Off the shelf; it’s a Sony.
It’s not after every trip to the local video store that I leave pondering global marketing, cross-cultural hybridization, computer generated aliens and region coded DVD players. I was recently, however, pleasantly surprised to have seen a copy of Stephen Chow’s CJ7 (a local release, not an import) propped up amongst the latest plethora of Hollywood’s finest – a dim, yet shining, beacon. It seemed to me that this film was once destined to carry on Kung Fu Hustle’s great success, but, alas, without a local release in cinemas it failed to even elicit a response from Dave and Margie’s oft-raised brows. After a fleeting foray into the spotlight, HK cinema once again had resumed its position on the back shelf of Australia’s consciousness. Ironically, Chow’s CJ7 is rife with Western sensibilities –- essentially it is a homage to Steven Spielberg’s ET –- and in many ways branches away from his usual canto-centric humour, offering 88 mild minutes of fun for just about any audience.
Despite the worst snowstorm in 50 years, CJ7 raked in 28 million Yuan ($3.9 million) in China over its first day and a half, and on its first day in Hong Kong earned HK$3 million ($385,000), breaking non-holiday box-office records. Stephen Chow’s extreme popularity extends beyond his native city and Mainland China, to Taiwan, South Korea, and Japan but -– much to my dismay –- not to Australia. Eighteen months ago, with anticipation fueled by forum-fandom and a taste for conflicting rumours in the media, I arrived at Chinatown Cinema, 90 minutes before screen time, fully expecting excitement en mass relative to that seen across the globe. It wasn’t until the lights went out that I fully accepted that CJ7’s Australian premiere would be screened to a half-empty Chinatown Cinema. Had Stephen Chow relinquished his iron hand on our Western shores? After Kung Fu Hustle’s whirlwind tour of suburban multiplexes –- achieving one of the most widely spread releases of a foreign language film both here and in the US –- it seemed that Chow’s popularity would soon match his predecessors Jackie and Bruce. Hell, I even half-expected him to team up with a socially acceptable racist and exploit the ’80s buddy cop franchise, a la Rush Hour. But it wasn’t to be –- CJ7 slid underneath the radar. For existing Chow fans, however, it is an enjoyable film and a new direction for the ageing director.
CJ7 is essentially a kids’ fantasy film that references classic blockbuster sci-fi, like Encounters of the Third Kind and ET. As strange as it may seem, Stephen Chow has often said Spielberg is his favourite director. The film tells the story of Ti (Chow), a poor and humble widower who struggles to provide for his son Dicky (Xu Jiao) outside of squandering his entire paycheck on Dicky’s private education. When Ti unknowingly brings home an alien as a substitute toy for Dicky, animators get to work and so begins the story of father and son, right and wrong, rich and poor, life and death. The well-rounded moral narrative replaces the customary absurdity of Chow’s past films. Whilst it is exciting to see a great director branching out, the shift into family friendly entertainment will no doubt surprise and, perhaps, underwhelm some Chow fans.
CJ7 lacks a certain spark found in Chow’s earlier films, particularly From Beijing with Love (1994) and Forbidden City Cop (1996). In his earlier work, Chow’s brand of bizarre comedy and story telling was so unique it was named mo lei tau, which loosely translates to “makes no sense”. If I were to say CJ7 avoids the absurdity of some of Chow’s earlier work, a number of ridiculous scenarios from the film instantly pop into mind and remind me that it is simply a milder offering. I guess it’s a bit like that band you love: their low-budget EP captures it all, but when they sign with a major label their soul is often diluted if not destroyed.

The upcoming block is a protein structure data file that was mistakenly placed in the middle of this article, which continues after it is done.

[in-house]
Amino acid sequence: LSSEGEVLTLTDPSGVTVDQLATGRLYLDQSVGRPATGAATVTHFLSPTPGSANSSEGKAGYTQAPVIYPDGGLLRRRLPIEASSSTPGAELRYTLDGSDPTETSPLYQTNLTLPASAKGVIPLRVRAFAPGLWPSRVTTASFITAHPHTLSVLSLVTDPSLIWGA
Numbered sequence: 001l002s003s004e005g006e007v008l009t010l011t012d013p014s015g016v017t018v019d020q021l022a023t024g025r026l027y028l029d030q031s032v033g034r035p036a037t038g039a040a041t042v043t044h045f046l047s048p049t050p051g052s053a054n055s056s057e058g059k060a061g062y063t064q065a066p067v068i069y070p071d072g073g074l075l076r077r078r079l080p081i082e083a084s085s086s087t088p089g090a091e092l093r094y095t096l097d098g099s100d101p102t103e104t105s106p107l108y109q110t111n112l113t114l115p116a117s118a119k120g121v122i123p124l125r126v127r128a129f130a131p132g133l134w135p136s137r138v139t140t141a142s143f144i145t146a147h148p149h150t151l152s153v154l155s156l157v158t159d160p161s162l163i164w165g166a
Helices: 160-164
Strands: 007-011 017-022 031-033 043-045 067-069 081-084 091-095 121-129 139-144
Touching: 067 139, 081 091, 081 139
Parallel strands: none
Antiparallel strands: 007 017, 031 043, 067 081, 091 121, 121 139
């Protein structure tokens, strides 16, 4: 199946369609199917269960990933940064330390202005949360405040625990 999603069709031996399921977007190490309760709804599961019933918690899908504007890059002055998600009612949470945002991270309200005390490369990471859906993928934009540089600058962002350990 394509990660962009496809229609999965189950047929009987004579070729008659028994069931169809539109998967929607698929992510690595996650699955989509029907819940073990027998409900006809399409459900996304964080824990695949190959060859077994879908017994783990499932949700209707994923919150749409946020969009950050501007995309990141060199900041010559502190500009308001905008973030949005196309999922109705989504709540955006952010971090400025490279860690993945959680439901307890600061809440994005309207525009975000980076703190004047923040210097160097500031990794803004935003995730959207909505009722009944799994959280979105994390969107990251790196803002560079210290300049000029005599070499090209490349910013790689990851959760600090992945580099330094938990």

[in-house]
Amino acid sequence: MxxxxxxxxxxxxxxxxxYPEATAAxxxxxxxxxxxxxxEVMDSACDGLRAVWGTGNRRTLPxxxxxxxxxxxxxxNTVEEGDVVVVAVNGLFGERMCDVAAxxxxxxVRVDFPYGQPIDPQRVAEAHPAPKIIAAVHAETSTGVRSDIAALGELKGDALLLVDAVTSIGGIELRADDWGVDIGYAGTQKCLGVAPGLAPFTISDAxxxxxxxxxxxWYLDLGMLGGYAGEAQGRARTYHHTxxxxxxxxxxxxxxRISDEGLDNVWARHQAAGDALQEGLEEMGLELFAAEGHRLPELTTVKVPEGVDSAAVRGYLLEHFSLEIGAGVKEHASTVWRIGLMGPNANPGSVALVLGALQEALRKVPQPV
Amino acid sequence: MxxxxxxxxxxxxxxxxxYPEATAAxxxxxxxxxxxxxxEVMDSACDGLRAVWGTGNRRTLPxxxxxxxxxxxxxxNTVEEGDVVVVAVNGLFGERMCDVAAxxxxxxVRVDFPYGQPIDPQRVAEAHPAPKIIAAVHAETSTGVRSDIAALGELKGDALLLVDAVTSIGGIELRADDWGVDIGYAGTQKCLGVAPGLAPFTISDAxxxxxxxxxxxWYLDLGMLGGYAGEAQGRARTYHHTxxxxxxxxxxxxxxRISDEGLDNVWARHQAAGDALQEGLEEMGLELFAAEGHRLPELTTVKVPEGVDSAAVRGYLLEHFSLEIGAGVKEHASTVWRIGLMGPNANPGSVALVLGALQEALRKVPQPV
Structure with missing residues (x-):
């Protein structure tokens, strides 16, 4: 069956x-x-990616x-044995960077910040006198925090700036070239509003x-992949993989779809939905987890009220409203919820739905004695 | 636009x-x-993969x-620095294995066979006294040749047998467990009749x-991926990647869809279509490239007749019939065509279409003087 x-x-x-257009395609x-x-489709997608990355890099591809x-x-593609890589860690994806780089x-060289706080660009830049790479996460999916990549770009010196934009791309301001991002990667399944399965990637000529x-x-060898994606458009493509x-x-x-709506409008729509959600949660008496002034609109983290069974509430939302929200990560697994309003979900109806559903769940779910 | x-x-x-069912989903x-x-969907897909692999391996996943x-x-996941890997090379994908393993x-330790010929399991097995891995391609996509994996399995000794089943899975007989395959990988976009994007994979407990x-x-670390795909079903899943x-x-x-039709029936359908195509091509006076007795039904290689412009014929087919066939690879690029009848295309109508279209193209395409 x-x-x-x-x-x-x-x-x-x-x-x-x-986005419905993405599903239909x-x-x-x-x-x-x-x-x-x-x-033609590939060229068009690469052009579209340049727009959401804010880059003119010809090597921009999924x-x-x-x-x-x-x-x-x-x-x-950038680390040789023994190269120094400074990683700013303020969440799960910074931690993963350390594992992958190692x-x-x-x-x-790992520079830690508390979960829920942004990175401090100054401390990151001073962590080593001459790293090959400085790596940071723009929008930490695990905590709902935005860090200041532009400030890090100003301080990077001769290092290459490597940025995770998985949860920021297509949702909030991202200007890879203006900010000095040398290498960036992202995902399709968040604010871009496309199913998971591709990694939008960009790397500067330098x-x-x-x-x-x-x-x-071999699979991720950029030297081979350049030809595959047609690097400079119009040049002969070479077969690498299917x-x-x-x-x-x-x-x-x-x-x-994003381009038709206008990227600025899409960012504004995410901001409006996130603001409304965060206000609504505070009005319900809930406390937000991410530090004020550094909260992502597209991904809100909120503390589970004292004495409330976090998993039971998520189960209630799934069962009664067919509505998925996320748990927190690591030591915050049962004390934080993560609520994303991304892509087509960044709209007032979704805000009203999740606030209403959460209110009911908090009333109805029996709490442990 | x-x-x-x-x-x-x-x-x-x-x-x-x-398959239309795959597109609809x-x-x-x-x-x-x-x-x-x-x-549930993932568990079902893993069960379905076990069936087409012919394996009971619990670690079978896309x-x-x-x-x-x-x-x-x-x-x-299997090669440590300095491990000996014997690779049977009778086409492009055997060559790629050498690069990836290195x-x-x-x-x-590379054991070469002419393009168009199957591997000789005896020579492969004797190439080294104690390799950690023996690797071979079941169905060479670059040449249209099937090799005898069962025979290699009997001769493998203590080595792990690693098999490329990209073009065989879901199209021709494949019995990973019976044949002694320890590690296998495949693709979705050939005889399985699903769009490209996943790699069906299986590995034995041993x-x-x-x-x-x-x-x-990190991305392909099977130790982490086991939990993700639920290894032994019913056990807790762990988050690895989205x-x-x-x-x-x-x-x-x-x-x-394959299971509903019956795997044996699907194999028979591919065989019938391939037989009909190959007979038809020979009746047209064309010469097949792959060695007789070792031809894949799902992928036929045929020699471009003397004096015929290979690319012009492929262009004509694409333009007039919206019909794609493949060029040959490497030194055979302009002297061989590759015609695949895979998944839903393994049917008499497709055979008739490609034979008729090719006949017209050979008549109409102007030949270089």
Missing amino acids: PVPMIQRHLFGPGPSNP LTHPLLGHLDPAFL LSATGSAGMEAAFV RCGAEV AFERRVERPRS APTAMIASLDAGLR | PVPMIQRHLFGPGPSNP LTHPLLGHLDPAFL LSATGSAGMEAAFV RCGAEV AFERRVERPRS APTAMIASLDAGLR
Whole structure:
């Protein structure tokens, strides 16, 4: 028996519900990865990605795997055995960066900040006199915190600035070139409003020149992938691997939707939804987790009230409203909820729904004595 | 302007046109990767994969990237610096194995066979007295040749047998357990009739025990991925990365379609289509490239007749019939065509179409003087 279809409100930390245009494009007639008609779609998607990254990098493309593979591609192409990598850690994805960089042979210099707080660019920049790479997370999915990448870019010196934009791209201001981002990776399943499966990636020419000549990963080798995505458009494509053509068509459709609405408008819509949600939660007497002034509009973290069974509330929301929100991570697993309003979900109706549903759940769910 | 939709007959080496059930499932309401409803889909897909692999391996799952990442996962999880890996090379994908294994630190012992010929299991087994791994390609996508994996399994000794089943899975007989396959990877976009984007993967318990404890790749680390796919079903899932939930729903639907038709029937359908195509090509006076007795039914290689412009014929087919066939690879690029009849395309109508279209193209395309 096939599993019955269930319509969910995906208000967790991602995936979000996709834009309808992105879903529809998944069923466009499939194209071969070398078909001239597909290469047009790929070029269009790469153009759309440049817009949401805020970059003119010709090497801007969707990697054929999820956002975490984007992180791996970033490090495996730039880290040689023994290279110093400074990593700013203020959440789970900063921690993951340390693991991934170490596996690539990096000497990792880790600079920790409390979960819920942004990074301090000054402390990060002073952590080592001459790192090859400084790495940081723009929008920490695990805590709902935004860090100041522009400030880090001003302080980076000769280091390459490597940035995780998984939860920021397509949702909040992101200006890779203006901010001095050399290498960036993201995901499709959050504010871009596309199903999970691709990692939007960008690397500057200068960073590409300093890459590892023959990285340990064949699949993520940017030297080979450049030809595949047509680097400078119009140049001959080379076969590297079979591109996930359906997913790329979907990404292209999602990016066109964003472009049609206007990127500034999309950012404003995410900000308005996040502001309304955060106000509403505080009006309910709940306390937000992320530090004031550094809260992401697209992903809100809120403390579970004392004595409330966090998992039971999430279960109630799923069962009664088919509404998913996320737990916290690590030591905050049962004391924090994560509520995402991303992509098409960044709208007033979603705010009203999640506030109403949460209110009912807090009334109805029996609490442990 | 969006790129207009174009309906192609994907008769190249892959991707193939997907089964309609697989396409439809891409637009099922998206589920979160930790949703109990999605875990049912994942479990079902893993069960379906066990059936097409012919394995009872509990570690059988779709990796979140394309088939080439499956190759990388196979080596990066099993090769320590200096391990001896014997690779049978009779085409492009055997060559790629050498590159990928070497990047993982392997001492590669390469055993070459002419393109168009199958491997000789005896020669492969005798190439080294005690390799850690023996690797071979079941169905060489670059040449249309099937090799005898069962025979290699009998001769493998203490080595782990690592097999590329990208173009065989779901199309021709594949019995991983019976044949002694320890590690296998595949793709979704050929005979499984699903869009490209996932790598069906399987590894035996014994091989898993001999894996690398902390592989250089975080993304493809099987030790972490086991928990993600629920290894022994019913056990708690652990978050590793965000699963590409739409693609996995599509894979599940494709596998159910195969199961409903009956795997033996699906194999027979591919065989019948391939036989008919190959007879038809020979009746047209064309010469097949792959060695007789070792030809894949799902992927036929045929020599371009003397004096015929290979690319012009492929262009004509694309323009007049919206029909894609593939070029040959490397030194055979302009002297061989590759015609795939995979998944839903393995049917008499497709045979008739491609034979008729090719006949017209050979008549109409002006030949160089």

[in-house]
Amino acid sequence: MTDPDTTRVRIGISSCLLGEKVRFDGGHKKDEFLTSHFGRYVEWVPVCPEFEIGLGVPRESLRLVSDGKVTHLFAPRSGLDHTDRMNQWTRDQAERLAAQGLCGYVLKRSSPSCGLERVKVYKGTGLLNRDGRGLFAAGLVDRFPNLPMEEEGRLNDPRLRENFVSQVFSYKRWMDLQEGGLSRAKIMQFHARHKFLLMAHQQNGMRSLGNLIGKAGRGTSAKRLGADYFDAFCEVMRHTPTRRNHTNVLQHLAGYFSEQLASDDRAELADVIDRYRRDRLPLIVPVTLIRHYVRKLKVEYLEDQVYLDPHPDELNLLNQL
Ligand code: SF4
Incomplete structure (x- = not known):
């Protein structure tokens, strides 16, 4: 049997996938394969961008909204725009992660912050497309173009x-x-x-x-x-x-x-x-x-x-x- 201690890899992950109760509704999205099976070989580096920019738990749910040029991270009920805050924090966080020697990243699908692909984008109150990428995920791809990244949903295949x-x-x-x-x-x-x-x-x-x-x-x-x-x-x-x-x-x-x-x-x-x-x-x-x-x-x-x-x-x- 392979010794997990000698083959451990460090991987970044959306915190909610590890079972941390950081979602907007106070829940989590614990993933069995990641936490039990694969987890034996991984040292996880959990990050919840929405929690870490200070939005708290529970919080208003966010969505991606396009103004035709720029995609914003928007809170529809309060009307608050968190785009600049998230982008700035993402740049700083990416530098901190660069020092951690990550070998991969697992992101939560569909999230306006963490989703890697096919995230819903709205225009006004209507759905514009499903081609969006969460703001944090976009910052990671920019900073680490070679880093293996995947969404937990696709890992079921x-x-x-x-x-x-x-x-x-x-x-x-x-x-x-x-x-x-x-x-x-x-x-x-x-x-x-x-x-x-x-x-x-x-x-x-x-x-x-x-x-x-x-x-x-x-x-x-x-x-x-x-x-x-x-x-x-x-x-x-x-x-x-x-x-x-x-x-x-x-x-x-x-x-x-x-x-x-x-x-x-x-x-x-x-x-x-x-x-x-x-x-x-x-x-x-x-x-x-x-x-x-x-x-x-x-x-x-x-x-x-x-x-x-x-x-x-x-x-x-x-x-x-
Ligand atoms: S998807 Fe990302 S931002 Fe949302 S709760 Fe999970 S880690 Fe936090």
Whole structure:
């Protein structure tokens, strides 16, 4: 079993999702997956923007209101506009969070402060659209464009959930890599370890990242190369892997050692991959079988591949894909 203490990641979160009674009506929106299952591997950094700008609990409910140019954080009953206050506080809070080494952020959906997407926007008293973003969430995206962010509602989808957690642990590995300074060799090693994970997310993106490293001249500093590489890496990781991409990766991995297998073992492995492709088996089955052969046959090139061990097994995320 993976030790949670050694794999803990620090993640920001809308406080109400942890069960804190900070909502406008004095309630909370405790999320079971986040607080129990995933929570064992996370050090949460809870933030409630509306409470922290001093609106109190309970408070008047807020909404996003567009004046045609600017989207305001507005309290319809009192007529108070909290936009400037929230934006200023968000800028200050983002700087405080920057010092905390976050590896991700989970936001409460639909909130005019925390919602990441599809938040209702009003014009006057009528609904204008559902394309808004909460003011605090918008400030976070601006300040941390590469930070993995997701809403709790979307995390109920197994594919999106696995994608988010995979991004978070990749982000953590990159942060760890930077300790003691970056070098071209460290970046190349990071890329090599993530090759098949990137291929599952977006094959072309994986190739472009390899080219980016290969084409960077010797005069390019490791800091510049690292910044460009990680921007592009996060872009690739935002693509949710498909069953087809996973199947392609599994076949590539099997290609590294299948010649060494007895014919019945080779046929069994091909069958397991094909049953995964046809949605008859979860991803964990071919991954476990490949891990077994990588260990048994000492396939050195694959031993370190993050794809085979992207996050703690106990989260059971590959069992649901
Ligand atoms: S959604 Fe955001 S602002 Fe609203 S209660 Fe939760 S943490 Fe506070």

Despite lacking some of Chow’s signature edge, CJ7 consolidates a number of new formulas in his work. For instance, Stephen Chow’s character does not fully appear until 10-20 minutes into the film; a prolonged anticipation of his entrance has become a new fixture in his work. There are also a few subtle (and extremely obvious) references to Kung Fu Hustle, which will make those who notice feel like an insider. Clearly, the most obvious and consistent stylistic feature of Chow’s last three films is his fearless embrace of CGI.
Embracing state-of-the-art digital effects and computer animation has been and remains a tool in the realization of Chow’s imagination. CJ7 even exceeds the fantastical feat of his past two films, as one of the film’s leading characters is in fact animated -– it’s sort of like a 21st century Who Framed Roger Rabbit. If CGI gets a bad rap for its unnecessary excess in Hollywood, Hong Kong and Korea, it should also be accepted as a valuable tool in telling stories that greatly exceed the bounds of reality. After all, we’ve come a long away from those ridiculous little robots tailing the smell of Han Solo’s unwashed underwear. Digital effects and computer animation are a fixture in the new cinema of Hong Kong, and are in many ways revitalising a dwindling industry.
Finding faults in CJ7 was, for me, perhaps inevitable because of great anticipation following Kung Fu Hustle. I guess deep down, I’m still upset that Australia missed out on this one -– God knows I would have loved this film as a kid. If you haven’t seen his earlier work watch that first, but if it’s $2 Tuesday at your local and it’s between Stephen Chow and Matt Damon, let CJ7 be the one.